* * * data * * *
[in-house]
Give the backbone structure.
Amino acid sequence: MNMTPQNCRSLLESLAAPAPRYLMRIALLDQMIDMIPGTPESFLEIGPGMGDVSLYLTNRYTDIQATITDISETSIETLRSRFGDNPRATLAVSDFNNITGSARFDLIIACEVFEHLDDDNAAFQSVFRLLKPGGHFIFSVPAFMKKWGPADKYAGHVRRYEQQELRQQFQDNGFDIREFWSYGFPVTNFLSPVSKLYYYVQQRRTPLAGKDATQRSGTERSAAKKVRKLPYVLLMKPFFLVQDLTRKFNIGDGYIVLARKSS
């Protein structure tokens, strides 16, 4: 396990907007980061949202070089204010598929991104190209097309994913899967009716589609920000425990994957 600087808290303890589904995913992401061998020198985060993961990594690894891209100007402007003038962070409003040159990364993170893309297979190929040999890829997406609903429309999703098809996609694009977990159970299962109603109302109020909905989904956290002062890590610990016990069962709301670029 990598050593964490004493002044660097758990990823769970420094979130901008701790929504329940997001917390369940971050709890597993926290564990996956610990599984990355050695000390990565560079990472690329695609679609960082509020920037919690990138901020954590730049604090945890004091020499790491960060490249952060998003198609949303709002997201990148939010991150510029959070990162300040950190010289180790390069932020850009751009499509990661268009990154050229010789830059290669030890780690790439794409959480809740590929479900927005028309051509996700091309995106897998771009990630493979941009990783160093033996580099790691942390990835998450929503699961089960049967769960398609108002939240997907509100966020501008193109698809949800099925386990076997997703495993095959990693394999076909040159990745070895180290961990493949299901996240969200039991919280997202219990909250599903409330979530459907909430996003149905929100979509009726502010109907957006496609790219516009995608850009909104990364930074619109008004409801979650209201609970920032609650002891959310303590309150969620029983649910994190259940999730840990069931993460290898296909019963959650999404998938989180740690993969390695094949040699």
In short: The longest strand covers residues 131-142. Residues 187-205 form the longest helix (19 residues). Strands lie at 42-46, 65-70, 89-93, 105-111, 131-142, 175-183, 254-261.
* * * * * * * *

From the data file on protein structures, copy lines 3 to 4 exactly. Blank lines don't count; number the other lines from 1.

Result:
Amino acid sequence: MNMTPQNCRSLLESLAAPAPRYLMRIALLDQMIDMIPGTPESFLEIGPGMGDVSLYLTNRYTDIQATITDISETSIETLRSRFGDNPRATLAVSDFNNITGSARFDLIIACEVFEHLDDDNAAFQSVFRLLKPGGHFIFSVPAFMKKWGPADKYAGHVRRYEQQELRQQFQDNGFDIREFWSYGFPVTNFLSPVSKLYYYVQQRRTPLAGKDATQRSGTERSAAKKVRKLPYVLLMKPFFLVQDLTRKFNIGDGYIVLARKSS
């Protein structure tokens, strides 16, 4: 396990907007980061949202070089204010598929991104190209097309994913899967009716589609920000425990994957 600087808290303890589904995913992401061998020198985060993961990594690894891209100007402007003038962070409003040159990364993170893309297979190929040999890829997406609903429309999703098809996609694009977990159970299962109603109302109020909905989904956290002062890590610990016990069962709301670029 990598050593964490004493002044660097758990990823769970420094979130901008701790929504329940997001917390369940971050709890597993926290564990996956610990599984990355050695000390990565560079990472690329695609679609960082509020920037919690990138901020954590730049604090945890004091020499790491960060490249952060998003198609949303709002997201990148939010991150510029959070990162300040950190010289180790390069932020850009751009499509990661268009990154050229010789830059290669030890780690790439794409959480809740590929479900927005028309051509996700091309995106897998771009990630493979941009990783160093033996580099790691942390990835998450929503699961089960049967769960398609108002939240997907509100966020501008193109698809949800099925386990076997997703495993095959990693394999076909040159990745070895180290961990493949299901996240969200039991919280997202219990909250599903409330979530459907909430996003149905929100979509009726502010109907957006496609790219516009995608850009909104990364930074619109008004409801979650209201609970920032609650002891959310303590309150969620029983649910994190259940999730840990069931993460290898296909019963959650999404998938989180740690993969390695094949040699």